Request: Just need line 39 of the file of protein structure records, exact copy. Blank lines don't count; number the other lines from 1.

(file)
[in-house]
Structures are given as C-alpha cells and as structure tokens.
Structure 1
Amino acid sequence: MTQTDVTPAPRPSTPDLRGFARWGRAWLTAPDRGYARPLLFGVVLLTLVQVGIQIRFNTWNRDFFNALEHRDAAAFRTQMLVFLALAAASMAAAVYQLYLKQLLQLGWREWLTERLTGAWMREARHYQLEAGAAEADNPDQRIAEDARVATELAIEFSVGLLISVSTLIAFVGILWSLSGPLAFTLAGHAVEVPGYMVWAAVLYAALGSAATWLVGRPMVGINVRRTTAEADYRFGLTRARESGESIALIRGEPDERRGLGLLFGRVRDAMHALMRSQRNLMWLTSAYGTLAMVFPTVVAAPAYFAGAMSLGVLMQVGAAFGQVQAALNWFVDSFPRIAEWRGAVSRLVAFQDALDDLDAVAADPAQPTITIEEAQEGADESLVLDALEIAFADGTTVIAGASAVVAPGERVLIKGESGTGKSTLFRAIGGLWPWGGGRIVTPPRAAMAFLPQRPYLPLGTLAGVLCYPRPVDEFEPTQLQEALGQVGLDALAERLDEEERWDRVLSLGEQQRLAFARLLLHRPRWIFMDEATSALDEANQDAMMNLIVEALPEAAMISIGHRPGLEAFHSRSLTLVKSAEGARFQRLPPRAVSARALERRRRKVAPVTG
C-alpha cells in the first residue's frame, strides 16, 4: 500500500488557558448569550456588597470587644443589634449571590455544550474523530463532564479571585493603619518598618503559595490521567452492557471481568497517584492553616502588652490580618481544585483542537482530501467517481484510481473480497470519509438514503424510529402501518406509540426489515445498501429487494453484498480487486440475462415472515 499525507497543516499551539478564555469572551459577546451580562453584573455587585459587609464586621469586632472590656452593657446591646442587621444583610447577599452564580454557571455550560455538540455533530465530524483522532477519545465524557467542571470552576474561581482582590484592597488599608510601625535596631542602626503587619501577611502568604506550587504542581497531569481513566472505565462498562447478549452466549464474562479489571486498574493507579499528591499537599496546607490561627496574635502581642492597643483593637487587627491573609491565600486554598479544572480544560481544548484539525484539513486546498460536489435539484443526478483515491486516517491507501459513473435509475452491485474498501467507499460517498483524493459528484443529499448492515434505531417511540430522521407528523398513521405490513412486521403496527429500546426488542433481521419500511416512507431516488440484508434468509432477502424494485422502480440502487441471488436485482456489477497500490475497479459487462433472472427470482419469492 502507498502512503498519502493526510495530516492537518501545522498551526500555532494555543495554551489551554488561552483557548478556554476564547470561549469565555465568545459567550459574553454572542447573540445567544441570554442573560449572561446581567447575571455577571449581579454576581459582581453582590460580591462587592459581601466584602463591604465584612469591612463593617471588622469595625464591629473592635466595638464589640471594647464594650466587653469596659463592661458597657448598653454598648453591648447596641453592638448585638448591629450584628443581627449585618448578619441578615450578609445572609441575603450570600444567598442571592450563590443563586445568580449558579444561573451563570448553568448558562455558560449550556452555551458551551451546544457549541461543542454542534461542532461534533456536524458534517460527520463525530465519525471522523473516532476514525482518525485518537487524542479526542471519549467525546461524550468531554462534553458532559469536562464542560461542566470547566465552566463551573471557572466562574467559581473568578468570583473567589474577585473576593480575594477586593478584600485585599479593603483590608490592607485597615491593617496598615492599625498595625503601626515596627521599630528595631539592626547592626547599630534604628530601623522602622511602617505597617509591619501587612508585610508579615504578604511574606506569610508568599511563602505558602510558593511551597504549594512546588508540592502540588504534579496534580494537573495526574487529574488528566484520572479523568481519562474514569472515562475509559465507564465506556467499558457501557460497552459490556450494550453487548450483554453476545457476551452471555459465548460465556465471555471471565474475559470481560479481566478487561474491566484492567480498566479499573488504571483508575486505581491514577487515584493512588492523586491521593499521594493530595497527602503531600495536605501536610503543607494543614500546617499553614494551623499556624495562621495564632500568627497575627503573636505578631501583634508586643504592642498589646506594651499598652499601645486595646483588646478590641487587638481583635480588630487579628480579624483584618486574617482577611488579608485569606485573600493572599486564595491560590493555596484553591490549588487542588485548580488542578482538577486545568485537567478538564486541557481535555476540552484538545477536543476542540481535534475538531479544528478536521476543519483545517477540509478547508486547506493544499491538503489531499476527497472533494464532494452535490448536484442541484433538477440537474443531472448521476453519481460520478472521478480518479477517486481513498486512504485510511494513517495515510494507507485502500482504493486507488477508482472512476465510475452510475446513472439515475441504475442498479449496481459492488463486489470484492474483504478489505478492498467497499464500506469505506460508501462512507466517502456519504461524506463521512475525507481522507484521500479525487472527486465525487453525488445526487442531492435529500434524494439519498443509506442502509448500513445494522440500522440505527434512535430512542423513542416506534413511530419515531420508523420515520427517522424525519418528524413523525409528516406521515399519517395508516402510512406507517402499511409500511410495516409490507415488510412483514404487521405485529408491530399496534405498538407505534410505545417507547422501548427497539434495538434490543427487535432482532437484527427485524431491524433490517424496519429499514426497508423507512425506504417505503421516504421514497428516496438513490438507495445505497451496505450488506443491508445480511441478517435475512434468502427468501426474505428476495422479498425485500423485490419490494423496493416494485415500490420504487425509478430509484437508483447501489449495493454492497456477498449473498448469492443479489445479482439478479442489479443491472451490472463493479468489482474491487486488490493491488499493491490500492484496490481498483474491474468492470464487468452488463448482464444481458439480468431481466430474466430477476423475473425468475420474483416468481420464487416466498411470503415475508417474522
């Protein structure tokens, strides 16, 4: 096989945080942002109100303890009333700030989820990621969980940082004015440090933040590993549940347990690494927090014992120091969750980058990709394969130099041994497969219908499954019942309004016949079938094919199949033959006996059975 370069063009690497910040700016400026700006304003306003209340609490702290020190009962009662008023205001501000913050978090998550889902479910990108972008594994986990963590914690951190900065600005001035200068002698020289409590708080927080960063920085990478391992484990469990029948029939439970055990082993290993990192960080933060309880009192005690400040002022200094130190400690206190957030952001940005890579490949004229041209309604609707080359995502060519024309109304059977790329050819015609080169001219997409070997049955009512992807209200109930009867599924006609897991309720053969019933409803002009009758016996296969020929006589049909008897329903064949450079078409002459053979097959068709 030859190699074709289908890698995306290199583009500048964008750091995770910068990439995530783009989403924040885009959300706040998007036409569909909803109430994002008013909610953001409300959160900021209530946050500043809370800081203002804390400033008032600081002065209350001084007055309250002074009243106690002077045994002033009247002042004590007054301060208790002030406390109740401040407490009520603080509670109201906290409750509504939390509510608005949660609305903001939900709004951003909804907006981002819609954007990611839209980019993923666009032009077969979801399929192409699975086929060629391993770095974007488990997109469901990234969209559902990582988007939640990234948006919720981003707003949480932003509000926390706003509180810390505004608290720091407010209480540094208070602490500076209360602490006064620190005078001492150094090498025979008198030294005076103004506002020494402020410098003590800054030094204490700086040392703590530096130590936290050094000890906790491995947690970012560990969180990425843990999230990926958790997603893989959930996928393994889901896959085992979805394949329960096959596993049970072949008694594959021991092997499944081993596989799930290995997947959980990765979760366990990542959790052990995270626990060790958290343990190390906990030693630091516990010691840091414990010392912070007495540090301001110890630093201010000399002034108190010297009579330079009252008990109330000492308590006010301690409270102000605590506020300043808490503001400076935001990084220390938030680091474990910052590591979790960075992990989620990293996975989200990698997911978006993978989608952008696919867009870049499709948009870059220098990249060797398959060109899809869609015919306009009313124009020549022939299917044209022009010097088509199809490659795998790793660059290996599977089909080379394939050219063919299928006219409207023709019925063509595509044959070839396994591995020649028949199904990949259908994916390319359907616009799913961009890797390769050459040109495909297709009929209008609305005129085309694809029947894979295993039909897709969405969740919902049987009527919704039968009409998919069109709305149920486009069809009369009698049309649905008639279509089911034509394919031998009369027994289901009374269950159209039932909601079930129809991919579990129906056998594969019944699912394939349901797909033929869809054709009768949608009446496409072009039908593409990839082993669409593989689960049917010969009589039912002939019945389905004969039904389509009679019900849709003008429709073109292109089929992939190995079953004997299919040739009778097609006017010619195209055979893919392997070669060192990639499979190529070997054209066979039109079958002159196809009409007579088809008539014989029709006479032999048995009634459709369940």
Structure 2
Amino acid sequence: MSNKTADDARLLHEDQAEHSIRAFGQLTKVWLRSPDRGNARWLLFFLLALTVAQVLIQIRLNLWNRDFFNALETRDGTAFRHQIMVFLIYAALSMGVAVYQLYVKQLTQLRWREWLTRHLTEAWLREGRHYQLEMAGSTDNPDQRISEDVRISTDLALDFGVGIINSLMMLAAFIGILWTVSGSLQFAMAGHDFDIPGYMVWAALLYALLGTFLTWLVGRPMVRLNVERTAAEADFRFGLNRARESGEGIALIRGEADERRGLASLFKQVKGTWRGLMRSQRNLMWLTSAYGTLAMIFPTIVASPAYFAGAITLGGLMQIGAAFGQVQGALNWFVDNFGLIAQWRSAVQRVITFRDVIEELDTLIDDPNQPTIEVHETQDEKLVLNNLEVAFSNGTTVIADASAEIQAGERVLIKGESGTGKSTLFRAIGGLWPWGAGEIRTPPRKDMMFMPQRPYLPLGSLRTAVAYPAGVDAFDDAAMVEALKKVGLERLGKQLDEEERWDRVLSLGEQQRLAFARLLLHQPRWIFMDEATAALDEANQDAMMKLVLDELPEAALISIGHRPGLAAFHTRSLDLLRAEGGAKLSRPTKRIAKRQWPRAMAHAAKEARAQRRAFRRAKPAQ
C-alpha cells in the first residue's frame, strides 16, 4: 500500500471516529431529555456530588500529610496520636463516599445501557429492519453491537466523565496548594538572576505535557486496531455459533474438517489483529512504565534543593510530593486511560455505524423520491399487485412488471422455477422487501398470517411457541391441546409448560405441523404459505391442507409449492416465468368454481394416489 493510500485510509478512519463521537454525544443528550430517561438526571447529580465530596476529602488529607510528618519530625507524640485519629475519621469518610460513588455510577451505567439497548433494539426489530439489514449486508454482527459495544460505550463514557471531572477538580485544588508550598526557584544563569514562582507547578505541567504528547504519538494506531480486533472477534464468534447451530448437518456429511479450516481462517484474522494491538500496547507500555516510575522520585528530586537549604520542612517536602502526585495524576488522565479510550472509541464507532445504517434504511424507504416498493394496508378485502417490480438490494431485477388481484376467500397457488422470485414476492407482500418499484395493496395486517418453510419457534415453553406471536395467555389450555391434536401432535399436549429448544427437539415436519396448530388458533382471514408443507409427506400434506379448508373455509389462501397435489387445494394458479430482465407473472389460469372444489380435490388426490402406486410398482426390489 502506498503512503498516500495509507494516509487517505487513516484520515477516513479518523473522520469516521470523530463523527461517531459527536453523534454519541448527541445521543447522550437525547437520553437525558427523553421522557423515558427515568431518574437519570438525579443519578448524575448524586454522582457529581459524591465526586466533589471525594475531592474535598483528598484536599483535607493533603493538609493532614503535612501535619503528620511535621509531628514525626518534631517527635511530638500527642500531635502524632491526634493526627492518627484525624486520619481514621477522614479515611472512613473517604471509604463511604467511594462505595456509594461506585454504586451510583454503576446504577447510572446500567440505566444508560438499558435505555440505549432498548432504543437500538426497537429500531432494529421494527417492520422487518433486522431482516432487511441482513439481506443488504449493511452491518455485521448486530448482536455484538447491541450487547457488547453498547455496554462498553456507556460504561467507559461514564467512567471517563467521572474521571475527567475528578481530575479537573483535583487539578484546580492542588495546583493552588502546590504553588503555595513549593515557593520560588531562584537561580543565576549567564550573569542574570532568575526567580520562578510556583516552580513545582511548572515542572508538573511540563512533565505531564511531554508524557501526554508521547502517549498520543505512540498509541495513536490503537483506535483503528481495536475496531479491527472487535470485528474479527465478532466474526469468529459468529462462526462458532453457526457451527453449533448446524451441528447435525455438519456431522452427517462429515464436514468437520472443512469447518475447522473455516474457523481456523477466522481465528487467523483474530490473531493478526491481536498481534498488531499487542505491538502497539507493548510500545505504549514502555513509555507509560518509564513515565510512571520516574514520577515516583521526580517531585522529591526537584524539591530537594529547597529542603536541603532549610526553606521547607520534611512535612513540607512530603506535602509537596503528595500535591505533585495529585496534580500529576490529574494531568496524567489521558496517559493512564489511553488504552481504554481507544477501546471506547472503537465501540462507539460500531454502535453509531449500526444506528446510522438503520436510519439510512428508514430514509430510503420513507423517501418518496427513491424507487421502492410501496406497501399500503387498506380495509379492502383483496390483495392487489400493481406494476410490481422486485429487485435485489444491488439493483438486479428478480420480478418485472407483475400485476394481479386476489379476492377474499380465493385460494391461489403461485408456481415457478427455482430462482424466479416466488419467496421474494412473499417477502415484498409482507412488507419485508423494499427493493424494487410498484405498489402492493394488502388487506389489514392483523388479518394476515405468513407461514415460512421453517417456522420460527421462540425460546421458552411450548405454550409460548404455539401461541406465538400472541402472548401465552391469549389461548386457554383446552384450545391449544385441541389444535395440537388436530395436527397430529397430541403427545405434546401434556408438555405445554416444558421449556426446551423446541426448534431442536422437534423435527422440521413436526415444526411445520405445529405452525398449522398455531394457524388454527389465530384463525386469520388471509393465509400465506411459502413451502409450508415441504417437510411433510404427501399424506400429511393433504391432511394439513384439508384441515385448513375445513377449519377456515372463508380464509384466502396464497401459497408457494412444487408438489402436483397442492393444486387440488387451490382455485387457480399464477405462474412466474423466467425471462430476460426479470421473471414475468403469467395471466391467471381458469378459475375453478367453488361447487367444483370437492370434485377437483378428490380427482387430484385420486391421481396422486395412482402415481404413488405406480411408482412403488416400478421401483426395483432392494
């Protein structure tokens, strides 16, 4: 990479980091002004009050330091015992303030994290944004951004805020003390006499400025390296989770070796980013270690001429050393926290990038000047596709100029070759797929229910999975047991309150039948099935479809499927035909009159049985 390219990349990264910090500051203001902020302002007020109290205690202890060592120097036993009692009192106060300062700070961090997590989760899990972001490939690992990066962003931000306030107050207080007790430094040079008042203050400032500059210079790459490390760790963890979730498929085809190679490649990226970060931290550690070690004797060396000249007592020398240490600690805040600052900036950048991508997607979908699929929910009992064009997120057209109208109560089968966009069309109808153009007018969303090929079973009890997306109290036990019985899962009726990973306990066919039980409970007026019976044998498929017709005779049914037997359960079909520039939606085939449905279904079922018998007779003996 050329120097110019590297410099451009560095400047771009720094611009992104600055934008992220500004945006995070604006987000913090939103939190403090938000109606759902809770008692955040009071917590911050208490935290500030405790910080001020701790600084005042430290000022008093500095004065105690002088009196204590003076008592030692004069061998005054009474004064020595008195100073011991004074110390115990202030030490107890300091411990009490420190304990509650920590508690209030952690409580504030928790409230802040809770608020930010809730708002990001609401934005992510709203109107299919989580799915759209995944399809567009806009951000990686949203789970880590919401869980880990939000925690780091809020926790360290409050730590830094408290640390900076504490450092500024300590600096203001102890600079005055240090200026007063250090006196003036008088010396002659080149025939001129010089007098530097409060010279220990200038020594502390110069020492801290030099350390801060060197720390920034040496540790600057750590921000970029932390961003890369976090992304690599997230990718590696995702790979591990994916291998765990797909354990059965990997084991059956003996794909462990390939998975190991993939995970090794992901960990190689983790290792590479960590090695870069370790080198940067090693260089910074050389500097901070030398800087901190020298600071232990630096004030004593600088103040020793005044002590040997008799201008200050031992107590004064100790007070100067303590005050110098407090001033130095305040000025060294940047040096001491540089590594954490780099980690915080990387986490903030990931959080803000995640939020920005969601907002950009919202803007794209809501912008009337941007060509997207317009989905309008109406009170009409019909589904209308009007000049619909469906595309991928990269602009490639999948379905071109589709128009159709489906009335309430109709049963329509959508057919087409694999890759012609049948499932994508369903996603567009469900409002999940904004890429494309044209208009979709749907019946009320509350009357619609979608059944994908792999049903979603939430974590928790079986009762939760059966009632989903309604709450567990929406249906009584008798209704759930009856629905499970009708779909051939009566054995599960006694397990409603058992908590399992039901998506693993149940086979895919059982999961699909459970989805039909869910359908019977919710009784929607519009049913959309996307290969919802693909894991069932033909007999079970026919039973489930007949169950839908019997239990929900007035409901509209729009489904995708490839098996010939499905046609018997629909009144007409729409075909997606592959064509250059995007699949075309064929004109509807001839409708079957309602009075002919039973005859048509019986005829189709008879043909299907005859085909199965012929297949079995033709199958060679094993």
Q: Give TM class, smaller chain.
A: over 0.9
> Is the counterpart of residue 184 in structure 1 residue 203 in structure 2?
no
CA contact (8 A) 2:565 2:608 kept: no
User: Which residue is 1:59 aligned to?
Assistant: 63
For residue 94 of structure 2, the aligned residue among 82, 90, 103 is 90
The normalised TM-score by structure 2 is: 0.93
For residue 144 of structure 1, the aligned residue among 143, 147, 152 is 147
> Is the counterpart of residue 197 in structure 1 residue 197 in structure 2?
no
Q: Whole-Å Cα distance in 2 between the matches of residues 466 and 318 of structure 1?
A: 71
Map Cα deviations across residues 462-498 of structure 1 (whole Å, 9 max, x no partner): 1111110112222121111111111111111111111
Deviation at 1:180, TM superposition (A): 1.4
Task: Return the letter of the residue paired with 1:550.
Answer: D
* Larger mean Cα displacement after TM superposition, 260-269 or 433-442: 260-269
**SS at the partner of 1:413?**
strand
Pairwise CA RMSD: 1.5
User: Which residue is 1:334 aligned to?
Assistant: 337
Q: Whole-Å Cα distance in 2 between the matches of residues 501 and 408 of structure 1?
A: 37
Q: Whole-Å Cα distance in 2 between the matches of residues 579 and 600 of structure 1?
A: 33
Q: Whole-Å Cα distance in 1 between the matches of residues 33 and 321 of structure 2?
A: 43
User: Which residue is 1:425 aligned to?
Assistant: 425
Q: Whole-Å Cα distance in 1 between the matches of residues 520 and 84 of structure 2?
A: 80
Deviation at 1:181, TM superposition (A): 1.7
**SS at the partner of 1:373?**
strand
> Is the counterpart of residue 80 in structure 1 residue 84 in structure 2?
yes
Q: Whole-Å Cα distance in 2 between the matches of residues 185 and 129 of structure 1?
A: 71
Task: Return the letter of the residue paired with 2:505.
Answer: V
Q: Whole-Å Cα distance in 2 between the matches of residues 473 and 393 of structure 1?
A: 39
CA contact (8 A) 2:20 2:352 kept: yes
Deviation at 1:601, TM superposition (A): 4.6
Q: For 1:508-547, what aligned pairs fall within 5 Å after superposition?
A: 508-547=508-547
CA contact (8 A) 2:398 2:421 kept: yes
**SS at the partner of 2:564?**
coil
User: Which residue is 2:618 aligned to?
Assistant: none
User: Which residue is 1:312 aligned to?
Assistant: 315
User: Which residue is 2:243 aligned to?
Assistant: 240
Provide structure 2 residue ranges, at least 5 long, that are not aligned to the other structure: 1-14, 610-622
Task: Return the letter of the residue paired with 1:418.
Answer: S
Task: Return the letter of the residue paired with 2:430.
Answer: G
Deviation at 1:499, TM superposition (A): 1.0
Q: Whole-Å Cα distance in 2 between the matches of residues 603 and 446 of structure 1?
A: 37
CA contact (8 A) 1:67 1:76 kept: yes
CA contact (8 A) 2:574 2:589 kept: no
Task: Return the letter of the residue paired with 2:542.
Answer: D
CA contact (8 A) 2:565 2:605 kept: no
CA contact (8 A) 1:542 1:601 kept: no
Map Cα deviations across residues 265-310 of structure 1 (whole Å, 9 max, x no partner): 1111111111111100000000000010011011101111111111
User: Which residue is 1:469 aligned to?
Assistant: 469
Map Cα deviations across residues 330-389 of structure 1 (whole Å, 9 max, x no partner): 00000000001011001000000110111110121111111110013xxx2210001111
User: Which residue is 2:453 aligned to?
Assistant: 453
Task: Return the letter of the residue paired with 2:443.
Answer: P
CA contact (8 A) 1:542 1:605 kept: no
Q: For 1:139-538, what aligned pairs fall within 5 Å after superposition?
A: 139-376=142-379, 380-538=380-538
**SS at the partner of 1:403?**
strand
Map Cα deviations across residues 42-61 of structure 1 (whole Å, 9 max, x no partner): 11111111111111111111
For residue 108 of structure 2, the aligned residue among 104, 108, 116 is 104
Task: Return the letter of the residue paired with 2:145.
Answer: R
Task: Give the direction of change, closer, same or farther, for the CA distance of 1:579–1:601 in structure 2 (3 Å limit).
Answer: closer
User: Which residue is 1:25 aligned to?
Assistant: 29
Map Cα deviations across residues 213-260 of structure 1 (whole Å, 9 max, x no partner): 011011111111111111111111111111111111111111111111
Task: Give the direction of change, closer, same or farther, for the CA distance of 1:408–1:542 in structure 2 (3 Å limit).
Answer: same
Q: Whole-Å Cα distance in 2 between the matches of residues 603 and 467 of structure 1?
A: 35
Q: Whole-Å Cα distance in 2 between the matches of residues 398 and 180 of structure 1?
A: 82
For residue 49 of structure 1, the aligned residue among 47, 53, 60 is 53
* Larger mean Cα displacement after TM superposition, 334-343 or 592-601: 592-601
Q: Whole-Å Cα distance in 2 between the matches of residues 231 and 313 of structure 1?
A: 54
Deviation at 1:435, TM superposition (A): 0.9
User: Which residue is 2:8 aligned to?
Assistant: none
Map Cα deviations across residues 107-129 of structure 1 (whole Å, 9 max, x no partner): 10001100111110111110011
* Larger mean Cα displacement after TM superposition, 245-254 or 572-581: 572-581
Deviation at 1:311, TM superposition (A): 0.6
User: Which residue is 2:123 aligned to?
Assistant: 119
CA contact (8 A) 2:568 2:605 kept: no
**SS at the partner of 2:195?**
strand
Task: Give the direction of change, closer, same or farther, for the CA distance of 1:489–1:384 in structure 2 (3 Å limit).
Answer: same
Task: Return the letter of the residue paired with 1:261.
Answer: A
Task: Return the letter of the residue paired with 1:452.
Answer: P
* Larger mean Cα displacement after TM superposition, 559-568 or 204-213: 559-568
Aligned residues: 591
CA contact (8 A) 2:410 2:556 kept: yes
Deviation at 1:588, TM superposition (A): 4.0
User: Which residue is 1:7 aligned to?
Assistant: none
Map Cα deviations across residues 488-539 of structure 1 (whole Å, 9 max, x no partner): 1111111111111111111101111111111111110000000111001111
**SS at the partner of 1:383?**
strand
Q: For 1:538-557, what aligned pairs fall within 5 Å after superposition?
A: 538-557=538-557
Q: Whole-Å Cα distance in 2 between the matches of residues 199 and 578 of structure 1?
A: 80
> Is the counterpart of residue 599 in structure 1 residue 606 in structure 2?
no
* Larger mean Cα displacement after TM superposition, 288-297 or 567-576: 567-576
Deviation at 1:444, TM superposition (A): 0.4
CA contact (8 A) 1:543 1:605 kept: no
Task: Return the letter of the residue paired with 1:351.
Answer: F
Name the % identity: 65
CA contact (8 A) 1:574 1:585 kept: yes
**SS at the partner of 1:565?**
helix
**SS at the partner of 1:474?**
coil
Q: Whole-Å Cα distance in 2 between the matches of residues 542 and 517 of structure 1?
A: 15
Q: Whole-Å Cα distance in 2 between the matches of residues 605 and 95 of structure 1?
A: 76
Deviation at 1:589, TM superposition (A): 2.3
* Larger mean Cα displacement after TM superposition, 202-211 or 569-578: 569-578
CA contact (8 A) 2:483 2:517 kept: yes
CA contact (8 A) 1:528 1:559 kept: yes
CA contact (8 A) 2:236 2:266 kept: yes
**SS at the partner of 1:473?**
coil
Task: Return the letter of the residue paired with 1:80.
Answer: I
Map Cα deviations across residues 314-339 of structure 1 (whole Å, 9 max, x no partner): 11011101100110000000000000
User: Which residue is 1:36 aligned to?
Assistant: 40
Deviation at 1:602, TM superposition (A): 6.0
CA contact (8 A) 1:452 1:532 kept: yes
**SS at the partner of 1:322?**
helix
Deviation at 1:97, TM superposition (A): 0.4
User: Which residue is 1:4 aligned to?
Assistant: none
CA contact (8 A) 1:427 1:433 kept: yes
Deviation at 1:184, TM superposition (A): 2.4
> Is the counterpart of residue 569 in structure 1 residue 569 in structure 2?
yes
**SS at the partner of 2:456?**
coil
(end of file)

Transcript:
Q: Whole-Å Cα distance in 1 between the matches of residues 33 and 321 of structure 2?